On the previous post, we installed a new Raspberry Pi 3, we enabled SSH connection and set up wireless connectivity. Today, we’re going to set up Samba file sharing in the Raspberry Pi to manage folders and files from another computer. You can also mount a hard drive to the Pi and set it up as a Network-attached storage, (NAS) so you can share data with all or some devices connected to your network.
First, check and install the latest packages for the Raspberry Pi. Open PuTTY, log into your Pi and then enter the following commands:
sudo apt-get update && sudo apt-get upgrade
After making sure that all packages are up to date, we can now install Samba using the following command:
sudo apt-get install samba samba-common-bin
Step 3 (Optional)
If you don’t want to share all folders and files in the Raspberry Pi, you can create a shared folder using the following command:
I will cover this more in detail in a future post where we’ll mount a hard drive to set up a NAS (Network-attached storage). For now, we are just going to set up Samba to share all directories in the Raspberry Pi.
Now, we need to configure Samba to share the Raspberry Pi directories with another computer within the network. Enter the following command:
sudo nano /etc/samba/smb.conf
The Samba configuration file is well documented. You can scroll down the file to see what you would like to enable. You can also remove everything by pressing and holding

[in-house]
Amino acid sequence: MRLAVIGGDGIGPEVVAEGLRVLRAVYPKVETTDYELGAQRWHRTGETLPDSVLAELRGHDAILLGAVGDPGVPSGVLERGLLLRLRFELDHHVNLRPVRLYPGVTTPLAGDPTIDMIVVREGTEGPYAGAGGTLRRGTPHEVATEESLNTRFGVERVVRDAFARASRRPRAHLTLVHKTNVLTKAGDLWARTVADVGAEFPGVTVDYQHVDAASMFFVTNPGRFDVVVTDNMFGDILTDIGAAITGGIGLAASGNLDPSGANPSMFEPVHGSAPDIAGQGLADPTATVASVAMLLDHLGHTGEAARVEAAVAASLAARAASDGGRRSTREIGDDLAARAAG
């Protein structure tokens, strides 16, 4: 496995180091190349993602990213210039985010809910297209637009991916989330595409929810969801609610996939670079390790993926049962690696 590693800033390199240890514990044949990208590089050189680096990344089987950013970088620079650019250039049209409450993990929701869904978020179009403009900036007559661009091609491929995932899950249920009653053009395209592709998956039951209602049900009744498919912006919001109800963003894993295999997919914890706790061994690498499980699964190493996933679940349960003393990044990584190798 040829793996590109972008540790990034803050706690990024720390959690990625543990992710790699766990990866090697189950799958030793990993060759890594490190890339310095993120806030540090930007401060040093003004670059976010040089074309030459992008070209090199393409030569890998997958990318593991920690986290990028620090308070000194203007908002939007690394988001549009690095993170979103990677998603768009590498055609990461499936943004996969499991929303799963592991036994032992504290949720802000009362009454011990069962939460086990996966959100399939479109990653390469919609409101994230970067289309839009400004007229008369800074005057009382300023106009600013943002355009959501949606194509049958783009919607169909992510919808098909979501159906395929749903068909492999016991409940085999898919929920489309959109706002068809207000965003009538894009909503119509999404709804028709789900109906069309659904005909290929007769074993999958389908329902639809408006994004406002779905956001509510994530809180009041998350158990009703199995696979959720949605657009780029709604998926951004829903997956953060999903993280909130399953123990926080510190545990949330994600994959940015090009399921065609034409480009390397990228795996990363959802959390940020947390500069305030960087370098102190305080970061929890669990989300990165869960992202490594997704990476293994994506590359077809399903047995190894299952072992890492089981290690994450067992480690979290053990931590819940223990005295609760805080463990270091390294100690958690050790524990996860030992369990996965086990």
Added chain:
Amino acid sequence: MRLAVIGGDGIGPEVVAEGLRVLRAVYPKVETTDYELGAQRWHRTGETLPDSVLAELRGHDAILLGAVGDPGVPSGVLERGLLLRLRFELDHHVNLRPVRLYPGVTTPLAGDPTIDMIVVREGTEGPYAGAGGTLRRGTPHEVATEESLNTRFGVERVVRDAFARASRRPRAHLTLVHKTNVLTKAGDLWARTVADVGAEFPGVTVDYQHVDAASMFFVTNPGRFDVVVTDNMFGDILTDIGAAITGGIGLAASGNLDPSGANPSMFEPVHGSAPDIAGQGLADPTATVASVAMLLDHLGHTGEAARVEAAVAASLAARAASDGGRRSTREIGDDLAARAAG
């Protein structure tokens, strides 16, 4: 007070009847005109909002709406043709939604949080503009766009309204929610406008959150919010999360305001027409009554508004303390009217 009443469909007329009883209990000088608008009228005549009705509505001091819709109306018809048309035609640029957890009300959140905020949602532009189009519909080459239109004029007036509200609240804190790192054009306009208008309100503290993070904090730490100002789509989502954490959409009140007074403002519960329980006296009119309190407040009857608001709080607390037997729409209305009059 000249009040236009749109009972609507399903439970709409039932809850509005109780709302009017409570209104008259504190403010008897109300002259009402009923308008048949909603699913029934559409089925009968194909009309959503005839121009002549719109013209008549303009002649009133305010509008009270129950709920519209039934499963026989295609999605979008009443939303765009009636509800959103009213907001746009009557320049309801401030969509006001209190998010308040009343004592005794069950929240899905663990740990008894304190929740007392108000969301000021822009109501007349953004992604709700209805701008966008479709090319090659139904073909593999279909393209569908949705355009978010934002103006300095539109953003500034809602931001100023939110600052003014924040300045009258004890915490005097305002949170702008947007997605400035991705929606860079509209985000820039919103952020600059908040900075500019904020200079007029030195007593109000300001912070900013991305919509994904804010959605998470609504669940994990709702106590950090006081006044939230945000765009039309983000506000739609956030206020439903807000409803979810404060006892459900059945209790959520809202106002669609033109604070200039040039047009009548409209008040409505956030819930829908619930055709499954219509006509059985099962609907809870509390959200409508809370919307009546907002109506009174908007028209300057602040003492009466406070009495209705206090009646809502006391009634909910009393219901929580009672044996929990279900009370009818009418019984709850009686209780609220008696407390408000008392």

Ctrl and the Letter
K or just copy and paste the following code at the bottom of the file:
[global] netbios name = Pi server string = The Pi File Center workgroup = WORKGROUP [HOMEPI] path = /home/pi comment = No comment writeable=Yes create mask=0777 directory mask=0777 public=no
Here is a short explanation of what the code above means:
workgroup: This is the domain that the Samba server will be part of. By default, Windows has the workgroup set as WORKGROUP
path: This is the path to the directory in the Raspberry Pi that will be shared
writeable: If set to yes, it will allow the folder to be writeable
directory mask: When set to 0777 allows the user to read, write and execute
public: If set to no, it will only allow valid users to access the shared folder
After you enter the above information press and hold
X and press
Y to save the changes.
Right now, we only have the user Pi setup in the Raspberry Pi. We now need to add Pi as a Samba user. Enter the following command:
sudo smbpasswd -a pi
Enter a new password when prompted. You can use the same password as your Raspberry Pi user but for security, enter a different password.
Last but not least, restart the Samba service using the following command:
sudo service smbd restart
OK, so Samba is now configured. You can open the Windows File Explorer and click on Network to access the Raspberry Pi shared folder. When you click on the folder, you will be asked to enter your credentials. Enter the Pi’s username and then the Samba password that you created for that user. After you log in, you will be able to manage the Pi’s folders and files.